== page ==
March 3, 2010 2:01:00 PM
Having watched the Starkville High School boys basketball team provide the best prep basketball entertainment I''ve witnessed in my three years as a reporter and editor, I know the magnitude of today''s work and the storylines that have made this year''s team what it is.
Two games away from erasing the state championship frustrations, the Yellow Jackets'' best approach to making history is to forget what happened in the past. Nevermind what you''ve heard.
It''s the only way. Your opponent will do the same.
Despite the advice, I can''t help but think a large part of Starkville High''s motivation are the shortcomings at the Big House. The losses have created a chip on the program''s shoulder that weighs a little bit more every time players hear a joke or are doubted just a little bit.
Will the youngest team in the tournament be distracted?
I don''t think so, but more importantly, coach Greg Carter isn''t worried.
The Class 6A North Half State Tournament was evidence it won''t happen.
Victories against Vicksburg and Greenville-Weston were thorough, top-to-bottom wins that showed Starkville''s two stars don''t have to dominate for it to win a playoff game.
Perimeter shooting and a barreling offensive pace with one of the best complementary post combinations in the state make for terrific odds in the Mississippi High School Activities Association''s Class 6A Final Four, which tips off today. The Yellow Jackets open at 2:30 p.m. against last year''s top flight state champion, Biloxi High. It''s hard not to give the edge to Starkville based on what I''ve seen this year and how well it is playing.
But the team''s efforts have come out of nowhere.
After so much roster turnover from last season -- seven gone from the 2008-09 squad -- I never would have thought Starkville would be 27-2 and the favorite to capture the state crown come March.
Minus the dearth of newcomers, the scenario was much the same in ''08, as the Yellow Jackets blazed through the regular season with one of the state''s top players and a talented supporting cast.
What makes this year different has nothing to do with missing the tournament last season or the heartbreak from the last-second loss to Jackson Provine in ''08. Rather, it''s the uniqueness of their working parts and their ability to score in a variety of ways that gives them an edge.
Rashad Perkins leads the way with 23.5 points per game, 13.7 rebounds, and 4.9 blocked shots per game. Edward Townsel is right under 20 points a game with eight assists and 4.8 steals every night. Then there''s the other half of the post duo in 6-foot-8 Gavin Ware, who hauls in 8.2 rebounds per game and scores 9.4 a night.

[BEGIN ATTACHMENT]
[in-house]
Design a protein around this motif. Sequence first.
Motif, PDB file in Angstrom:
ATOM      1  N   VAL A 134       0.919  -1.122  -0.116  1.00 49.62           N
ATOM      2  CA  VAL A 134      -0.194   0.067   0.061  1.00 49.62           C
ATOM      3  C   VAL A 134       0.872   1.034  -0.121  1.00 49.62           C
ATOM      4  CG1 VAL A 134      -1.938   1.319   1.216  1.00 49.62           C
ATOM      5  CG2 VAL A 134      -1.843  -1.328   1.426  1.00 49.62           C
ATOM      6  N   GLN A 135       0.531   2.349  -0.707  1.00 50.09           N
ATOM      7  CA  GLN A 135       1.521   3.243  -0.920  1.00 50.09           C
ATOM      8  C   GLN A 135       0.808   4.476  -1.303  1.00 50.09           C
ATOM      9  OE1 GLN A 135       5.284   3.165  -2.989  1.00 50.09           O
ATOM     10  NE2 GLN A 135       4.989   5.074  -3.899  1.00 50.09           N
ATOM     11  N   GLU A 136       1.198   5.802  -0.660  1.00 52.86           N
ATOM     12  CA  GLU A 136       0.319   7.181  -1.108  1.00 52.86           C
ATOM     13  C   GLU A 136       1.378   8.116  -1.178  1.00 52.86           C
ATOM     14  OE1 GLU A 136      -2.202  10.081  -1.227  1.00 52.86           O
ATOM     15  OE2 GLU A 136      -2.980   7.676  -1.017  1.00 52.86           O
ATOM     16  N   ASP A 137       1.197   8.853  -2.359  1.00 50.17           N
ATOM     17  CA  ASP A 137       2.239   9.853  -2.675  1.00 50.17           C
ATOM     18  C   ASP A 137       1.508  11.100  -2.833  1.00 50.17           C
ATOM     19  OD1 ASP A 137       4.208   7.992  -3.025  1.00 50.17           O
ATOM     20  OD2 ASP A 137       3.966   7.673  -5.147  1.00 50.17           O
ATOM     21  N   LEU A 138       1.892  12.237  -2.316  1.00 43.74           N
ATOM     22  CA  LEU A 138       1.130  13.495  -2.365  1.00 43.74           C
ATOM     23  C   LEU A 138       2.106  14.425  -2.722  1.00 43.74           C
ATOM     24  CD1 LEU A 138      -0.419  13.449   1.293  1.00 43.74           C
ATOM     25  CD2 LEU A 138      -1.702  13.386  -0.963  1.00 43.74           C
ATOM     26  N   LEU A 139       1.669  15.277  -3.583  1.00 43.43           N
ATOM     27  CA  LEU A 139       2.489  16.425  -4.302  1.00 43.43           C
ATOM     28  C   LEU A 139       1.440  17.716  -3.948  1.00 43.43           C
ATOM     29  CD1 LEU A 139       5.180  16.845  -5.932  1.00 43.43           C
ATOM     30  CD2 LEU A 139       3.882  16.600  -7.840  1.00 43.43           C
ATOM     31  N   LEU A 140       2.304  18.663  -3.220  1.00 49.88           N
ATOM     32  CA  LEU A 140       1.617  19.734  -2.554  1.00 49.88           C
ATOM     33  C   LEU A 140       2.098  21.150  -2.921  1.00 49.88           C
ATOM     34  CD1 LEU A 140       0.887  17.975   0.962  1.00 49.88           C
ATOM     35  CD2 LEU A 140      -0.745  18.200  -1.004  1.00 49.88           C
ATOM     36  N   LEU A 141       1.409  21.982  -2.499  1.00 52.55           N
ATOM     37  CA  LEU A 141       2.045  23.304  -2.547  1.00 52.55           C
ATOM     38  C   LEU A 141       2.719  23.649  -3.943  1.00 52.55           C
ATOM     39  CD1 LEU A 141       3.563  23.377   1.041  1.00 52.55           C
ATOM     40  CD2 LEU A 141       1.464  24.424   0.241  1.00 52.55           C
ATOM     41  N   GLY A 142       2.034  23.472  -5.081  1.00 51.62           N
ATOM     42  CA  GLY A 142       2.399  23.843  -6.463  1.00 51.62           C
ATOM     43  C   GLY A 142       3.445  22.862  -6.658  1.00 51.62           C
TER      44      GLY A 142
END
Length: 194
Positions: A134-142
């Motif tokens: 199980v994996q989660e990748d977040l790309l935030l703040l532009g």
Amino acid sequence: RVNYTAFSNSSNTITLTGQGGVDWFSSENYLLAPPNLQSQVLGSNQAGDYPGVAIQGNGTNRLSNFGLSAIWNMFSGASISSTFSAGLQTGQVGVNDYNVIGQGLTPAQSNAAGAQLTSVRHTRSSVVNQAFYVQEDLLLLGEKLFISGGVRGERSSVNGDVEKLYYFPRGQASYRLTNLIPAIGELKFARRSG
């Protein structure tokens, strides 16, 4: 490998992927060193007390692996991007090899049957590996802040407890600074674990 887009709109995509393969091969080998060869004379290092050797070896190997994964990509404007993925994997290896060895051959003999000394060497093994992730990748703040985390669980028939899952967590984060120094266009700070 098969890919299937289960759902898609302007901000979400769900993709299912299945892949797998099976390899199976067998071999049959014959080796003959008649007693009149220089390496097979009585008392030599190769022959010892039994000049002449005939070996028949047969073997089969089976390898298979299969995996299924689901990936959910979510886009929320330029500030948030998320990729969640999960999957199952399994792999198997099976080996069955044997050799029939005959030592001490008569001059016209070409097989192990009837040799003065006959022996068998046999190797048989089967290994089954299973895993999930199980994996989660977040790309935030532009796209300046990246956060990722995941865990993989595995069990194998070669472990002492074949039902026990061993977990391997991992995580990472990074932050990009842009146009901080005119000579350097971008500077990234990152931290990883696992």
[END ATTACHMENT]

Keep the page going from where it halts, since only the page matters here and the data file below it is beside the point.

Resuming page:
Perkins and Townsel must stay out of foul trouble, as they''re the heartbeat of the team. As seniors who''ve been to the Big House, they must have their best games today to help the team advance to Saturday''s final.
I know that''s obvious, but it would take a great deal of pressure off the likes of Shaquille Hill and Jaquez Johnson, who''ve performed brilliantly at the two (off guard) and three (small forward) positions.
Johnson hit his stride midseason and became a starter when talented sophomore Jacolby Mobley became inactive. His arrival was huge from 3-point range in the team''s win against Provine at the Columbus Christmas Classic and in the North Half State Tournament.
The thumper quarterback for the football team, Johnson is a physical matchup off the dribble and in transition and is the perfect yin-yang duo with lightning-quick Townsel.
"I learned how to use my body a long time ago because I''ve been big a long time," said Johnson, a 6-foot, 205-pounder. "It helps me a lot, like if I get to the goal and I don''t have a good angle I can force my way in or use my body to create space."
The dimension Johnson adds and Hill''s shooting and quickness make the pieces to Starkville''s Voltron special.
On top of that, everyone can run and is willing to play within themselves to keep the wheels churning.
"Everybody knows their role," Johnson said. "We know who our main two players are and the rest of the players come in and get rebounds, play defense, or handle the ball. It''s not really a lot of stress on everybody that way."
Carter knows the Jackets will lean on their seniors, but he made it clear Hill and Johnson must play well for the starters'' chemistry to continue.
"He and Shaquille, they''re the two guys that kind of helped to bind everything together," Carter said. "Rashad, Edward, and Gavin are our top three priorities on offense, and they all know. But because of that, those two get left open all the time. They''ve been making shots and making plays -- like a chemistry guy -- who are accepting of the fact they''re not the first option but still make a huge impact on the game. When you talk about it in the pro game and college game of having great chemistry players, those two are great chemistry players."
David Miller covers Mississippi State sports for The Commercial Dispatch. He can be reached at firstname.lastname@example.org.
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